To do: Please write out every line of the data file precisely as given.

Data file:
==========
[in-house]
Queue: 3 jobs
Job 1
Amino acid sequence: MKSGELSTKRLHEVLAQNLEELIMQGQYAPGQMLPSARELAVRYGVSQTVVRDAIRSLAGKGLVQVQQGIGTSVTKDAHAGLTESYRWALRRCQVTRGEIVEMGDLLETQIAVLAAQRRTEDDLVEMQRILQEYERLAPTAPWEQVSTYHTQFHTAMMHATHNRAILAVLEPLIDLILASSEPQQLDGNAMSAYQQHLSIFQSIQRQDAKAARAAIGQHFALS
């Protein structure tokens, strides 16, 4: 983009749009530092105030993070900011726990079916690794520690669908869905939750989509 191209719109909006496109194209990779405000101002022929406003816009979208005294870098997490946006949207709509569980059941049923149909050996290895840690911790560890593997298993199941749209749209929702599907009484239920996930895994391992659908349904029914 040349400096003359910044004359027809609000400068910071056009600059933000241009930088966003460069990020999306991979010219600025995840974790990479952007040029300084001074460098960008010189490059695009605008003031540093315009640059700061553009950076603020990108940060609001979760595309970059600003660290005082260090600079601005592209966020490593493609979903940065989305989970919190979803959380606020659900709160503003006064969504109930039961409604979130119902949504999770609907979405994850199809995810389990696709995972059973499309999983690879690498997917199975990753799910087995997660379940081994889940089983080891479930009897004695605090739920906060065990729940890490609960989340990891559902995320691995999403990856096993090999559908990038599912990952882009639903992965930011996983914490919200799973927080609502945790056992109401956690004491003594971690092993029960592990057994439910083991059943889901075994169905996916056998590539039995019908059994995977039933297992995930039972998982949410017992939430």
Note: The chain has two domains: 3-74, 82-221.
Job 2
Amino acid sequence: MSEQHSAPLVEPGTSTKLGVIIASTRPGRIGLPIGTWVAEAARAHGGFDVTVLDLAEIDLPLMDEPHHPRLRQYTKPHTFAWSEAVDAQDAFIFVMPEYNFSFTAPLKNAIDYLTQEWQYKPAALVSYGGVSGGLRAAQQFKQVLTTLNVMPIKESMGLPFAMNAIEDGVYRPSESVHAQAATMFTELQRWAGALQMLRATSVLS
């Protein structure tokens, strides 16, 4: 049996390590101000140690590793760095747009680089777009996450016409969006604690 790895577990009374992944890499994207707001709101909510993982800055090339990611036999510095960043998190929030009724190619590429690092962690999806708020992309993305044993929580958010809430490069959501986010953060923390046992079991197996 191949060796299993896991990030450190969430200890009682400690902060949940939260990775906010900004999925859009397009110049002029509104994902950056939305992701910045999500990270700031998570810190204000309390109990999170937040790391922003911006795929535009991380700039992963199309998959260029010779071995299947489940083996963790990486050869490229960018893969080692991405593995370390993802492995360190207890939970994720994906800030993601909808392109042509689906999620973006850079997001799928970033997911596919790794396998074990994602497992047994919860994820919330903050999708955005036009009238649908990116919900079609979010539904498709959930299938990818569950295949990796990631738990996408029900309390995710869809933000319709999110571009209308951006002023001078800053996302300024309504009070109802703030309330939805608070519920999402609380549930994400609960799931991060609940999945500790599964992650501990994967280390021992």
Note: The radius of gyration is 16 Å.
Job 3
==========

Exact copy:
[in-house]
Queue: 3 jobs
Job 1
Amino acid sequence: MKSGELSTKRLHEVLAQNLEELIMQGQYAPGQMLPSARELAVRYGVSQTVVRDAIRSLAGKGLVQVQQGIGTSVTKDAHAGLTESYRWALRRCQVTRGEIVEMGDLLETQIAVLAAQRRTEDDLVEMQRILQEYERLAPTAPWEQVSTYHTQFHTAMMHATHNRAILAVLEPLIDLILASSEPQQLDGNAMSAYQQHLSIFQSIQRQDAKAARAAIGQHFALS
């Protein structure tokens, strides 16, 4: 983009749009530092105030993070900011726990079916690794520690669908869905939750989509 191209719109909006496109194209990779405000101002022929406003816009979208005294870098997490946006949207709509569980059941049923149909050996290895840690911790560890593997298993199941749209749209929702599907009484239920996930895994391992659908349904029914 040349400096003359910044004359027809609000400068910071056009600059933000241009930088966003460069990020999306991979010219600025995840974790990479952007040029300084001074460098960008010189490059695009605008003031540093315009640059700061553009950076603020990108940060609001979760595309970059600003660290005082260090600079601005592209966020490593493609979903940065989305989970919190979803959380606020659900709160503003006064969504109930039961409604979130119902949504999770609907979405994850199809995810389990696709995972059973499309999983690879690498997917199975990753799910087995997660379940081994889940089983080891479930009897004695605090739920906060065990729940890490609960989340990891559902995320691995999403990856096993090999559908990038599912990952882009639903992965930011996983914490919200799973927080609502945790056992109401956690004491003594971690092993029960592990057994439910083991059943889901075994169905996916056998590539039995019908059994995977039933297992995930039972998982949410017992939430």
Note: The chain has two domains: 3-74, 82-221.
Job 2
Amino acid sequence: MSEQHSAPLVEPGTSTKLGVIIASTRPGRIGLPIGTWVAEAARAHGGFDVTVLDLAEIDLPLMDEPHHPRLRQYTKPHTFAWSEAVDAQDAFIFVMPEYNFSFTAPLKNAIDYLTQEWQYKPAALVSYGGVSGGLRAAQQFKQVLTTLNVMPIKESMGLPFAMNAIEDGVYRPSESVHAQAATMFTELQRWAGALQMLRATSVLS
């Protein structure tokens, strides 16, 4: 049996390590101000140690590793760095747009680089777009996450016409969006604690 790895577990009374992944890499994207707001709101909510993982800055090339990611036999510095960043998190929030009724190619590429690092962690999806708020992309993305044993929580958010809430490069959501986010953060923390046992079991197996 191949060796299993896991990030450190969430200890009682400690902060949940939260990775906010900004999925859009397009110049002029509104994902950056939305992701910045999500990270700031998570810190204000309390109990999170937040790391922003911006795929535009991380700039992963199309998959260029010779071995299947489940083996963790990486050869490229960018893969080692991405593995370390993802492995360190207890939970994720994906800030993601909808392109042509689906999620973006850079997001799928970033997911596919790794396998074990994602497992047994919860994820919330903050999708955005036009009238649908990116919900079609979010539904498709959930299938990818569950295949990796990631738990996408029900309390995710869809933000319709999110571009209308951006002023001078800053996302300024309504009070109802703030309330939805608070519920999402609380549930994400609960799931991060609940999945500790599964992650501990994967280390021992």
Note: The radius of gyration is 16 Å.
Job 3